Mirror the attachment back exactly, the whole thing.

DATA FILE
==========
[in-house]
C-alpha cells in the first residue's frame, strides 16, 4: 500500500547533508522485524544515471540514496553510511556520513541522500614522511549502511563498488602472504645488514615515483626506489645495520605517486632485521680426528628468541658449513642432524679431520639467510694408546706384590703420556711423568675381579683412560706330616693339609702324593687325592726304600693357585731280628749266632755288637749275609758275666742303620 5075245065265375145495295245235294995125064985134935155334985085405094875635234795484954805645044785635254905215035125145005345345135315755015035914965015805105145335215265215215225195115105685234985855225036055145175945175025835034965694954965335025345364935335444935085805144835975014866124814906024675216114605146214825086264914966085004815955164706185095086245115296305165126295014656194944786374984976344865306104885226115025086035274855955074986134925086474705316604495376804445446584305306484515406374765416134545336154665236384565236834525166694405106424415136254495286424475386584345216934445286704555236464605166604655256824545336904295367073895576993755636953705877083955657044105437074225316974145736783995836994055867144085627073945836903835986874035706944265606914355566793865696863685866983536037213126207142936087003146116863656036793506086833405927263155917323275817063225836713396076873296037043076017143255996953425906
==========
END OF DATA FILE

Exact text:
[in-house]
C-alpha cells in the first residue's frame, strides 16, 4: 500500500547533508522485524544515471540514496553510511556520513541522500614522511549502511563498488602472504645488514615515483626506489645495520605517486632485521680426528628468541658449513642432524679431520639467510694408546706384590703420556711423568675381579683412560706330616693339609702324593687325592726304600693357585731280628749266632755288637749275609758275666742303620 5075245065265375145495295245235294995125064985134935155334985085405094875635234795484954805645044785635254905215035125145005345345135315755015035914965015805105145335215265215215225195115105685234985855225036055145175945175025835034965694954965335025345364935335444935085805144835975014866124814906024675216114605146214825086264914966085004815955164706185095086245115296305165126295014656194944786374984976344865306104885226115025086035274855955074986134925086474705316604495376804445446584305306484515406374765416134545336154665236384565236834525166694405106424415136254495286424475386584345216934445286704555236464605166604655256824545336904295367073895576993755636953705877083955657044105437074225316974145736783995836994055867144085627073945836903835986874035706944265606914355566793865696863685866983536037213126207142936087003146116863656036793506086833405927263155917323275817063225836713396076873296037043076017143255996953425906